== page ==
What can I do if the abuser violates the order?
Violating a protective order is against the law. There are two ways to get help if the abuser violates the protective order.
Through the Police or Sheriff (Criminal)
If the abuser violates the protective order, you can call 911 even if you think it is a minor violation. In some cases, the abuser can be arrested right away. Tell the officers you have a protective order and the abuser is violating it. The abuser can be arrested and prosecuted for the crime of violating the order in addition to any crimes s/he committed while violating it (such as assault, stalking, etc.)
It is a good idea to write down the name of the responding officer(s) and their badge number in case you want to follow up on your case. You may want to make sure a police report is filled out, even if no arrest is made. If you have legal documentation of all violations of the order, it may help you have the order extended or modified in the future.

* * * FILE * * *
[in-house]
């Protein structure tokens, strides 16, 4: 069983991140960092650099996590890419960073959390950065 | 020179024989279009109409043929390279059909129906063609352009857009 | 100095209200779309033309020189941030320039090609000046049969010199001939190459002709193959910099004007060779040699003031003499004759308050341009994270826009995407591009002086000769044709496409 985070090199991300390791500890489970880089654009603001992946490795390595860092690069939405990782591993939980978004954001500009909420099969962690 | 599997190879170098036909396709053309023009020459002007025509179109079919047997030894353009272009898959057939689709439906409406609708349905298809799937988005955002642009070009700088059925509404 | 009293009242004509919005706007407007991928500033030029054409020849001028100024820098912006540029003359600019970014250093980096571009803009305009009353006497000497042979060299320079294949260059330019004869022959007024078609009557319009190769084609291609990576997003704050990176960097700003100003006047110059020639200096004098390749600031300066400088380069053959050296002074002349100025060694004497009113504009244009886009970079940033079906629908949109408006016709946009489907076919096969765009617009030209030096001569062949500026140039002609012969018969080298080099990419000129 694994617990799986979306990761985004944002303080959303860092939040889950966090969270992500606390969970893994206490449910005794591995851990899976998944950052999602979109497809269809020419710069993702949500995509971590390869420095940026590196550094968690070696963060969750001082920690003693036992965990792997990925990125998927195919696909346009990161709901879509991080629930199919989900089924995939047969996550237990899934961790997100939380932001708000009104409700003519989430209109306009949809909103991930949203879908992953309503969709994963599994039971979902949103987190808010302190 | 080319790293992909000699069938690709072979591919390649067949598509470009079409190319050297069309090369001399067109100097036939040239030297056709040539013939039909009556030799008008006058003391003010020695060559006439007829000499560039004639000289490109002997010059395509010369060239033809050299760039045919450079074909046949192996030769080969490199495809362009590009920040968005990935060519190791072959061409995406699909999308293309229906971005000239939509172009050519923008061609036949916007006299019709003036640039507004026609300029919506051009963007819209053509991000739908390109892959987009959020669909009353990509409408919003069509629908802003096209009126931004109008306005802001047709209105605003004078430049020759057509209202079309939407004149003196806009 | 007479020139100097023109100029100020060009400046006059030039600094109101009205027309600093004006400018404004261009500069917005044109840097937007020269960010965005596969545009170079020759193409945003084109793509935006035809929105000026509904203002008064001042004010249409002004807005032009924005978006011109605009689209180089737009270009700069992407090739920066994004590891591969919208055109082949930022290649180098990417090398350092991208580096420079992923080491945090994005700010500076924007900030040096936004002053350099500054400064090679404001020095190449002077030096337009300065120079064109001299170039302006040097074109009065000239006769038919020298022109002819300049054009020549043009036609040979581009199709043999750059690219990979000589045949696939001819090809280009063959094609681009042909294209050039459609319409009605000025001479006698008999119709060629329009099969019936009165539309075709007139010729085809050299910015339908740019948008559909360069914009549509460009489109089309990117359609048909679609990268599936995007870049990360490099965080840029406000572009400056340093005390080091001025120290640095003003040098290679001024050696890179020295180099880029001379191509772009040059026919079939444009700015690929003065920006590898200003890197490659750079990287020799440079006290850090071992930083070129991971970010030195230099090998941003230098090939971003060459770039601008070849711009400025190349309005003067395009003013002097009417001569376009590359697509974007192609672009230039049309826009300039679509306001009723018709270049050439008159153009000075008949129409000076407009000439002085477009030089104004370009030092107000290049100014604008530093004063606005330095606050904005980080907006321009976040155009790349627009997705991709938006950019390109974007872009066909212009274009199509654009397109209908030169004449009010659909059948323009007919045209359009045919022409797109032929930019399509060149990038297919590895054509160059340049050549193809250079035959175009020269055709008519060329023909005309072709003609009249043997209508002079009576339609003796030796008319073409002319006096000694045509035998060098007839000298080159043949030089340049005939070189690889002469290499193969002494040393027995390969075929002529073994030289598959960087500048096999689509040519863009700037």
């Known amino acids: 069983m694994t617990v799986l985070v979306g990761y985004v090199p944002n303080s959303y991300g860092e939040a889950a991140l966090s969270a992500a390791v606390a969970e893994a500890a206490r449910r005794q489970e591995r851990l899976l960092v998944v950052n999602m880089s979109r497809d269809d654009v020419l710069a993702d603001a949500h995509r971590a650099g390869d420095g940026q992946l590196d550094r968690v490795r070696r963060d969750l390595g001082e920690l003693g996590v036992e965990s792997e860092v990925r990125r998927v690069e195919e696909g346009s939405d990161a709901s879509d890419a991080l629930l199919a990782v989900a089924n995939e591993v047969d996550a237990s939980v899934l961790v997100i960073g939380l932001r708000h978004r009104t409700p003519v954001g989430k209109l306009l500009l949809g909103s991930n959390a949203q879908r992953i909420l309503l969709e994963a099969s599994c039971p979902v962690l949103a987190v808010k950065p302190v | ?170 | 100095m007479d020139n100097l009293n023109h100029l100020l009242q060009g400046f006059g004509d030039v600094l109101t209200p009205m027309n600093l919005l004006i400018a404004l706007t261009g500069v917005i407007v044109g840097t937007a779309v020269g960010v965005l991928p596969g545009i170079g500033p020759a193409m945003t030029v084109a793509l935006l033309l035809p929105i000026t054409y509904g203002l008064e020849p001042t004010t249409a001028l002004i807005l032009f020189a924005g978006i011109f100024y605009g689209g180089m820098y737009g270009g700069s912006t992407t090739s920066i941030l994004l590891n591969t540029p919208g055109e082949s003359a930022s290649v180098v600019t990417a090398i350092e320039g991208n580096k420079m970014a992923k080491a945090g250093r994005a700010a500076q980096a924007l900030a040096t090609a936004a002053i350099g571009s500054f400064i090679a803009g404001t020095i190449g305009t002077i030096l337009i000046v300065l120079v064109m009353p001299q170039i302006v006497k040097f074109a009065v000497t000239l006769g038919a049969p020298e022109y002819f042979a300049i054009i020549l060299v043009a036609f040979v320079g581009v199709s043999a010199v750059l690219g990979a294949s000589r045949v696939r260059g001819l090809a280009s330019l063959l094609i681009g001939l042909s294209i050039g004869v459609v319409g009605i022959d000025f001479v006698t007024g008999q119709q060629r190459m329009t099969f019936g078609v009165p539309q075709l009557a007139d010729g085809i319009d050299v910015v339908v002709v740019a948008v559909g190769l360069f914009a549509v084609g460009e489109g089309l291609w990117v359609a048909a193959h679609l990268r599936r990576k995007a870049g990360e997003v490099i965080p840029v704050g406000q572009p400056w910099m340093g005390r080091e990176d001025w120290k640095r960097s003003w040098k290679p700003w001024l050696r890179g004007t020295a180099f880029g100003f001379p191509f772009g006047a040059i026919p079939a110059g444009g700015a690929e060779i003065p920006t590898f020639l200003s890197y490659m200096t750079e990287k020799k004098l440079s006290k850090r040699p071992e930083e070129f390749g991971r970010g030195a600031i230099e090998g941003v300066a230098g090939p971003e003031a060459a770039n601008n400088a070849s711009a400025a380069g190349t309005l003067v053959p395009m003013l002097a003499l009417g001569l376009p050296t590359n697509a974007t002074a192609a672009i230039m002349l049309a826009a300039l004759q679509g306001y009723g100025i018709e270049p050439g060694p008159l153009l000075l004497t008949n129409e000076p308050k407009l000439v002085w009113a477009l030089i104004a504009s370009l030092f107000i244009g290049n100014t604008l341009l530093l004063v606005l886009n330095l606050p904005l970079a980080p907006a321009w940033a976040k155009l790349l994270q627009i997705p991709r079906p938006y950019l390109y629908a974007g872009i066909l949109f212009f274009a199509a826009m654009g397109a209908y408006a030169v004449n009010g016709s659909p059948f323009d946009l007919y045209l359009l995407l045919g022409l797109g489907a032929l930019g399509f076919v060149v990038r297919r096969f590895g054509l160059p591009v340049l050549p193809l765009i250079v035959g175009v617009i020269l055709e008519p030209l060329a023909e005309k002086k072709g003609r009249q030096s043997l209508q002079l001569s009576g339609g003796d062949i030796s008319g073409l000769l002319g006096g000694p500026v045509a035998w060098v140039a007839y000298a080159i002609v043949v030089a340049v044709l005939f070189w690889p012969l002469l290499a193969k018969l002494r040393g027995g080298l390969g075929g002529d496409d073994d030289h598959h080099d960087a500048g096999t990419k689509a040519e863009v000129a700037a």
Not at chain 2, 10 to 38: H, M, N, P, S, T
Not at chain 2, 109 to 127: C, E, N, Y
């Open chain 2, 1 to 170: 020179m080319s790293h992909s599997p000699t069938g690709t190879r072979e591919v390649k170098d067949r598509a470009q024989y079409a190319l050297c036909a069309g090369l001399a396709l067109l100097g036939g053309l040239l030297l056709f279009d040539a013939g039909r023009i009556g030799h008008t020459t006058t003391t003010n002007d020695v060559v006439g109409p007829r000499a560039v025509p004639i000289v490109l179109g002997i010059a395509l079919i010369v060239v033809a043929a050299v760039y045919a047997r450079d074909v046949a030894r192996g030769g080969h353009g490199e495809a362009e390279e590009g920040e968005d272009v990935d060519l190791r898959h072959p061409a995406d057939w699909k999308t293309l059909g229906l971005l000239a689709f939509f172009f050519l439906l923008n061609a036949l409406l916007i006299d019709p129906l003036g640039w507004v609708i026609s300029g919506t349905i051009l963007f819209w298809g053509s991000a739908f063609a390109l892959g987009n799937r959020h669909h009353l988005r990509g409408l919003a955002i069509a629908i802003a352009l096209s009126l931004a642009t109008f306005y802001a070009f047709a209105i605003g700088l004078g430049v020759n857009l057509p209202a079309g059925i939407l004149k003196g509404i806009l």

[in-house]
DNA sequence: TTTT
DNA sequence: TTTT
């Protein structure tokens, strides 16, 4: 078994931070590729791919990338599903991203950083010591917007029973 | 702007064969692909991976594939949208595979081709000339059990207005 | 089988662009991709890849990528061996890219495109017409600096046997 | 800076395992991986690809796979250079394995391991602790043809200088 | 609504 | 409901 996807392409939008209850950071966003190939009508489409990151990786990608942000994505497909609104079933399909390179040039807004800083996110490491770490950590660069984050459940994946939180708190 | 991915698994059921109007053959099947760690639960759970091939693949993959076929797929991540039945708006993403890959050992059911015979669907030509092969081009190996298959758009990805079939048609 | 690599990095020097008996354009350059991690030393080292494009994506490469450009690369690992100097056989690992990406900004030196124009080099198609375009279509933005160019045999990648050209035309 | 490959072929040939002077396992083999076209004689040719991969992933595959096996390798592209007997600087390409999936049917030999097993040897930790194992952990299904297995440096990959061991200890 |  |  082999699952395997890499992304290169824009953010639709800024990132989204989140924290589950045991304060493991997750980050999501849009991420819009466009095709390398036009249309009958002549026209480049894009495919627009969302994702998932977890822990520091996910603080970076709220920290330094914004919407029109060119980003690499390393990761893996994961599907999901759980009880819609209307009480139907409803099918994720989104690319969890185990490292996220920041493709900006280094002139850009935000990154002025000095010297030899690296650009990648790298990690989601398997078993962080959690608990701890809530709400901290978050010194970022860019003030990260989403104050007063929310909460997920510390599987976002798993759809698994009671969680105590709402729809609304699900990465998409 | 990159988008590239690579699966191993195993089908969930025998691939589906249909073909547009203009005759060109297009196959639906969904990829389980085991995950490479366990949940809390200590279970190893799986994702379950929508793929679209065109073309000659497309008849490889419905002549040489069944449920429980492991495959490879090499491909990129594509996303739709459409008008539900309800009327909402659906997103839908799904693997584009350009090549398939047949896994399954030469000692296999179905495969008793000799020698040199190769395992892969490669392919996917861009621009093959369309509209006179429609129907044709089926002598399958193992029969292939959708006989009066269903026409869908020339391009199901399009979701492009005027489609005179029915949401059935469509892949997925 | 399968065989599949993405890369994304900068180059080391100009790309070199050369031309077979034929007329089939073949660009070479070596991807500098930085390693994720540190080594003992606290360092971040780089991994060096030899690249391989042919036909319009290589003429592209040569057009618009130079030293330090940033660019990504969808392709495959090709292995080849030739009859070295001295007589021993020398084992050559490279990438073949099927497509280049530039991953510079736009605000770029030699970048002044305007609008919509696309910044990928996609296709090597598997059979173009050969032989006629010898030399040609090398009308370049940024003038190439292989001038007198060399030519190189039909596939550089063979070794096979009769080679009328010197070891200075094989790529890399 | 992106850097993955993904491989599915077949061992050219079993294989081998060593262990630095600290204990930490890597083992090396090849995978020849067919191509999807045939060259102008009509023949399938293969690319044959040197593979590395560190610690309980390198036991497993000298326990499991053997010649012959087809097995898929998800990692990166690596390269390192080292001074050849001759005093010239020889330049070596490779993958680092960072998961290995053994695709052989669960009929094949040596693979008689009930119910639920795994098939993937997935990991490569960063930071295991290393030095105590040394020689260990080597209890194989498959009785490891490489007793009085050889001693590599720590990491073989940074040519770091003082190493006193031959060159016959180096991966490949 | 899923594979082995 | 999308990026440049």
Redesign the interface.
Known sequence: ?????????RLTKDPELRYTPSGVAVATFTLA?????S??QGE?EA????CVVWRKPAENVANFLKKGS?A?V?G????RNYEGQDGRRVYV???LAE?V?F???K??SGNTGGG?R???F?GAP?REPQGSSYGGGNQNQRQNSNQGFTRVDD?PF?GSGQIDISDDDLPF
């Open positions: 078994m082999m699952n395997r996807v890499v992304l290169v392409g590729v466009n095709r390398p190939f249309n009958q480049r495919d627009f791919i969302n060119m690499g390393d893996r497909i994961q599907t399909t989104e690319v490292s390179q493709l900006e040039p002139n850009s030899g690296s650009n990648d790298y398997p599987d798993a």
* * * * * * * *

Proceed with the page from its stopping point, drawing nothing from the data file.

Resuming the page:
Through the Civil Court System (Civil)
You may file for civil contempt in the court that issued the order if the abuser violates the order in any way. To file for civil contempt, go to the clerk's office and tell him/her you want to start contempt proceedings against the abuser. You will have to fill out some forms, which the court clerk will give you. You will also have to attend a court hearing to prove that the abuser violated the order.